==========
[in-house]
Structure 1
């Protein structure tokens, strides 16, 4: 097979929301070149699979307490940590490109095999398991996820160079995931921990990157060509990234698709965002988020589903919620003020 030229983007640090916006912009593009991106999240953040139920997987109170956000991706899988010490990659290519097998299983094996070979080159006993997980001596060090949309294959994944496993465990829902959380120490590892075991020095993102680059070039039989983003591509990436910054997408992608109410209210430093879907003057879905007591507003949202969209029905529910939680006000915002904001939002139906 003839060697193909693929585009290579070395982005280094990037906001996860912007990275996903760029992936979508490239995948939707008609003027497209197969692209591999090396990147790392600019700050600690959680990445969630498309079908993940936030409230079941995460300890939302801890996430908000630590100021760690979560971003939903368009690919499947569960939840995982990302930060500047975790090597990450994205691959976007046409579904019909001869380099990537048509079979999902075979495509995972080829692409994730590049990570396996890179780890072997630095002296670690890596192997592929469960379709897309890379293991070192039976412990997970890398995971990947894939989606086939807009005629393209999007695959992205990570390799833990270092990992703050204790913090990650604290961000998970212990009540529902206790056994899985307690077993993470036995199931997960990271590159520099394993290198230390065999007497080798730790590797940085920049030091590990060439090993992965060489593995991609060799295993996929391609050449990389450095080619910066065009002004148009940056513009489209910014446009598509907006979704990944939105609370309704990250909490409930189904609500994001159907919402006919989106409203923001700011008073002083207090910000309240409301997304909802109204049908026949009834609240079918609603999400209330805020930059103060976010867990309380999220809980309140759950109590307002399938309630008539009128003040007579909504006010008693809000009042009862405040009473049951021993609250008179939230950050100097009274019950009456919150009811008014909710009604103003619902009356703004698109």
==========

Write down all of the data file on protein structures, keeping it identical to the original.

[in-house]
Structure 1
């Protein structure tokens, strides 16, 4: 097979929301070149699979307490940590490109095999398991996820160079995931921990990157060509990234698709965002988020589903919620003020 030229983007640090916006912009593009991106999240953040139920997987109170956000991706899988010490990659290519097998299983094996070979080159006993997980001596060090949309294959994944496993465990829902959380120490590892075991020095993102680059070039039989983003591509990436910054997408992608109410209210430093879907003057879905007591507003949202969209029905529910939680006000915002904001939002139906 003839060697193909693929585009290579070395982005280094990037906001996860912007990275996903760029992936979508490239995948939707008609003027497209197969692209591999090396990147790392600019700050600690959680990445969630498309079908993940936030409230079941995460300890939302801890996430908000630590100021760690979560971003939903368009690919499947569960939840995982990302930060500047975790090597990450994205691959976007046409579904019909001869380099990537048509079979999902075979495509995972080829692409994730590049990570396996890179780890072997630095002296670690890596192997592929469960379709897309890379293991070192039976412990997970890398995971990947894939989606086939807009005629393209999007695959992205990570390799833990270092990992703050204790913090990650604290961000998970212990009540529902206790056994899985307690077993993470036995199931997960990271590159520099394993290198230390065999007497080798730790590797940085920049030091590990060439090993992965060489593995991609060799295993996929391609050449990389450095080619910066065009002004148009940056513009489209910014446009598509907006979704990944939105609370309704990250909490409930189904609500994001159907919402006919989106409203923001700011008073002083207090910000309240409301997304909802109204049908026949009834609240079918609603999400209330805020930059103060976010867990309380999220809980309140759950109590307002399938309630008539009128003040007579909504006010008693809000009042009862405040009473049951021993609250008179939230950050100097009274019950009456919150009811008014909710009604103003619902009356703004698109």